For several years, Illinois agribusinesses and organizations hosted Illinois and Mississippi River barge tours. The tours give the public an opportunity to get a first-hand look at the rivers’ navigation system, and its importance to Illinois commerce. Local businesses explain how they utilize the river, and presentations are given on watershed management and environmental restoration. It’s a great time to sit back, relax, and experience the interconnection between the river, the economy, and people.
The U.S. Army Corps of Engineers is conducting a study of the upper Mississippi and Illinois rivers. The study includes navigation and ecosystem planning that will define the needs of the river system for the next 50 years. Due to population growth and the demand for goods, the locks and dams established throughout the river system in the 1930s are in need of expansion. Updating these facilities will allow the traffic demands on the river to be met efficiently.
A normal tow traveling on the Mississippi and Illinois rivers consists of 15 barges and is approximately 1,200 feet long. However, the majority of the locks on the river are only 600 feet long, requiring the tow to separate in half to pass through the lock. As a result, traffic on the river is backed up, leading to delays and resulting in large financial losses to the shipping, agricultural, and industrial sectors.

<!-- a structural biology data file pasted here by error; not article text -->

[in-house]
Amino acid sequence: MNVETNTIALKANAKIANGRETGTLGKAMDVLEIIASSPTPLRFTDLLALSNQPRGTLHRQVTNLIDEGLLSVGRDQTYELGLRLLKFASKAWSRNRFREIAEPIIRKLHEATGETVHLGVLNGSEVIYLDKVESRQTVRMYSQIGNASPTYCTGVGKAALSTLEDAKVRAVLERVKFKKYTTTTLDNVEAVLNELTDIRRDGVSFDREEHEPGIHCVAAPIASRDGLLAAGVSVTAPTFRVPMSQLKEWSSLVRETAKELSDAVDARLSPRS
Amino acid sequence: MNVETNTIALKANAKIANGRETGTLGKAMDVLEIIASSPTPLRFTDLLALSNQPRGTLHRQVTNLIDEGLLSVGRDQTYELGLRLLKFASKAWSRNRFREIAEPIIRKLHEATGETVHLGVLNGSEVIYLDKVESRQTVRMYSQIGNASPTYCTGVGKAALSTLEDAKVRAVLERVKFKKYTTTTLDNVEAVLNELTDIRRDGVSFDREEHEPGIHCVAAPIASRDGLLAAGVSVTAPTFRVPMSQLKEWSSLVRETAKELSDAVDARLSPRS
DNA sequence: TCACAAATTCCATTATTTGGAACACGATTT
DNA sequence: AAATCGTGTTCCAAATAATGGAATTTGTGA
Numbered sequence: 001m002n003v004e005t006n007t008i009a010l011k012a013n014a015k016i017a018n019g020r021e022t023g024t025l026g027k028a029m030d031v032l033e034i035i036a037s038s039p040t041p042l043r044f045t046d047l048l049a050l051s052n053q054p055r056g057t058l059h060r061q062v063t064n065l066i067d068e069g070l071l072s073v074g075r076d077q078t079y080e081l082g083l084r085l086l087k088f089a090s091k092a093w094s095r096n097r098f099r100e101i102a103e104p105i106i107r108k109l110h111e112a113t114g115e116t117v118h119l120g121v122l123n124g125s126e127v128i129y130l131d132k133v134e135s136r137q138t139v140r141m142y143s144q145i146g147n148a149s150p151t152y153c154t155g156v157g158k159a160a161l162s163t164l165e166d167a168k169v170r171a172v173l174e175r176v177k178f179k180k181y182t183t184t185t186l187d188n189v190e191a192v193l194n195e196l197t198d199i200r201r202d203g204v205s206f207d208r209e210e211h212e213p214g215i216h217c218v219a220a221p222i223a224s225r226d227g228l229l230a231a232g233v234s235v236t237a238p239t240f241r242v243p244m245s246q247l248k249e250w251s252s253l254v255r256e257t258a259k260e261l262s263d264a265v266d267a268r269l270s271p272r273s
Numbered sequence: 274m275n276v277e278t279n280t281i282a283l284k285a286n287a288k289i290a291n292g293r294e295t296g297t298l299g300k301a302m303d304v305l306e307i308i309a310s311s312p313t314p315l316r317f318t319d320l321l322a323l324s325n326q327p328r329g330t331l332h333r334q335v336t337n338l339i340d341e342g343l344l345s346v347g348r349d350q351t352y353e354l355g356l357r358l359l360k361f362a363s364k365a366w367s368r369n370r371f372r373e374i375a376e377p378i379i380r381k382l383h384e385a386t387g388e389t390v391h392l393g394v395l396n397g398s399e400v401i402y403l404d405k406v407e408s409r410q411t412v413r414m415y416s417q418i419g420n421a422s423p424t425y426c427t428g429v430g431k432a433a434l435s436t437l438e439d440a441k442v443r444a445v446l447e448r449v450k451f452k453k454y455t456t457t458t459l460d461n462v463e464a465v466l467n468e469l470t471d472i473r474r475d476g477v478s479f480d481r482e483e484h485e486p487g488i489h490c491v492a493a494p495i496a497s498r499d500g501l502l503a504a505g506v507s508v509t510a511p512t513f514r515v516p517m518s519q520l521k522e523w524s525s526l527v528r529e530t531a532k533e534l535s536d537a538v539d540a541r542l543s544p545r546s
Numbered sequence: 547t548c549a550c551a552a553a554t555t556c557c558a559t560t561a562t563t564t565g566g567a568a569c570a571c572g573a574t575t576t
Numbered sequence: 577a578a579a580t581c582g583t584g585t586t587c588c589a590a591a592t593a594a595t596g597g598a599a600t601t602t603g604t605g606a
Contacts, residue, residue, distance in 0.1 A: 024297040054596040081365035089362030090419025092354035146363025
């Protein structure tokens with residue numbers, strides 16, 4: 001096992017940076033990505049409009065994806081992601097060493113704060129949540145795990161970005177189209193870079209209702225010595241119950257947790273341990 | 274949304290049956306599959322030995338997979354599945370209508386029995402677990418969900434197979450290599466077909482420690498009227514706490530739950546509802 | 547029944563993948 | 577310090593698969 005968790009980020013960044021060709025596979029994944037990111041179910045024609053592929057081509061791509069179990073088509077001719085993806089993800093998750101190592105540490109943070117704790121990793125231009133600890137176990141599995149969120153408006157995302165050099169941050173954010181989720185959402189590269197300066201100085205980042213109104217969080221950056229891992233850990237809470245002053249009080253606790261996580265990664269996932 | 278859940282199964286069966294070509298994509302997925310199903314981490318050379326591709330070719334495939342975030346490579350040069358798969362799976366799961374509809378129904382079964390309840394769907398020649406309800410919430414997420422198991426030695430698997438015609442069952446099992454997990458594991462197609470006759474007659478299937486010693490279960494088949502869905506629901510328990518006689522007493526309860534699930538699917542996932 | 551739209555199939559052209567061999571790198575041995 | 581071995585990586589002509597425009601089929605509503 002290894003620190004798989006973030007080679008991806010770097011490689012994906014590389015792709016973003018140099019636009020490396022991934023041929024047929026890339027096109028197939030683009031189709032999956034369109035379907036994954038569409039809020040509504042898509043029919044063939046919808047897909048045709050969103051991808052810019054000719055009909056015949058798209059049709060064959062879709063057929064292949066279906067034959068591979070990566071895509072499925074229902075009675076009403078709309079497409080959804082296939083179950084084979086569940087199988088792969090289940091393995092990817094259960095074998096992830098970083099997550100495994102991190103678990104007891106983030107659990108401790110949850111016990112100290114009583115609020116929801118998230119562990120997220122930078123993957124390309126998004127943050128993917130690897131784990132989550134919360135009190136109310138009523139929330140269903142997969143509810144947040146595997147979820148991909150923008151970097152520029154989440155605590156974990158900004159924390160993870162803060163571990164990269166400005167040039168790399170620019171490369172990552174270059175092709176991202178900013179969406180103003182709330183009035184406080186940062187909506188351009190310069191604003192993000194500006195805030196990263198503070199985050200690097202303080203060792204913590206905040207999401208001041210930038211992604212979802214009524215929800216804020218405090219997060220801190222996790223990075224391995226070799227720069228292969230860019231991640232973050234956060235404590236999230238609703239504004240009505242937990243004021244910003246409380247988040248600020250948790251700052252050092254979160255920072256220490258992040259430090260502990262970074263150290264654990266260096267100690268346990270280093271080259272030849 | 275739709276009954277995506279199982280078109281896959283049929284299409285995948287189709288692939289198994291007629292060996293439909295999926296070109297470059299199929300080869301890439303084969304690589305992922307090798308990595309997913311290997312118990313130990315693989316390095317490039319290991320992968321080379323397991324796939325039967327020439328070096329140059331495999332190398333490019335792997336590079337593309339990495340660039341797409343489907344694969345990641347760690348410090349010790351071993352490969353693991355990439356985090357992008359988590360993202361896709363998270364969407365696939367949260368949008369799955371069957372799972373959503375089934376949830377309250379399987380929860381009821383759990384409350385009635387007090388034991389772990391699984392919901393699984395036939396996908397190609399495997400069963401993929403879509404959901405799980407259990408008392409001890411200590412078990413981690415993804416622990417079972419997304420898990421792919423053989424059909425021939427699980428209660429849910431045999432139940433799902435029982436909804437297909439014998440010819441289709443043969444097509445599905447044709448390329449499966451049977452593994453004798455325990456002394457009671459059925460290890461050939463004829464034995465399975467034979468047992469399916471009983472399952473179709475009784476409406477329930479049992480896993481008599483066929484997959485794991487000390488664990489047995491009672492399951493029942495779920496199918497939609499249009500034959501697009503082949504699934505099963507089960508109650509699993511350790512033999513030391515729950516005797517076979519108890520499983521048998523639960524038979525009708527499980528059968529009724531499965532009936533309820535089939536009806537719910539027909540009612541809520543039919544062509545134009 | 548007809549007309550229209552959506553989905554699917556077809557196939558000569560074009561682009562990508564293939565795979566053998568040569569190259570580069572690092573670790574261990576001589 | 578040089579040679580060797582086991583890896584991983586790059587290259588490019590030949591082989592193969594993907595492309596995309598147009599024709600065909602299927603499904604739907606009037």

The energy efficiency of transporting products via barge is impressive. With each gallon of fuel, a river barge can carry one ton of cargo 514 miles. This compares to 202 miles by rail and only 59 miles by truck.
Locations for the Illinois barge tours are: August 6—LaSalle/Ottawa; August 7—Peoria/Pekin; and August 8—Beardstown/Meredosia.
Study Indicates Engineered Crops Safe
The Society of Toxicology, an established organization of scientists from more than 44 countries, reported genetically engineered crops pose no special health risks. The safety of biotech foods can be determined with reasonable certainty using current methods of analytical, nutritional, and toxicological research, their new report indicated.
The society’s study concluded insect-resistant (Bt) crops are safe because mammals and non-Bt-targeted insects don’t have the biological receptors necessary to bind with the Bt protein. As to concerns about possible allergic reactions to foods from biotech crops, the study said current methods allow scientists to accurately assess the allergic potential.
Grassroots Picnic Keeps Members Informed
The Peoria County Farm Bureau Viewpoint Committee hosts a Grassroots Picnic August 15 at the Farm Bureau Park south of Kickapoo. The gathering is an opportunity for members to voice their opinion on Farm Bureau policy and other current agricultural issues, such as the 2002 farm bill.
Legislators and government officials are invited to share in the discussion and keep the doors open for good communication and understanding of rural topics. IBI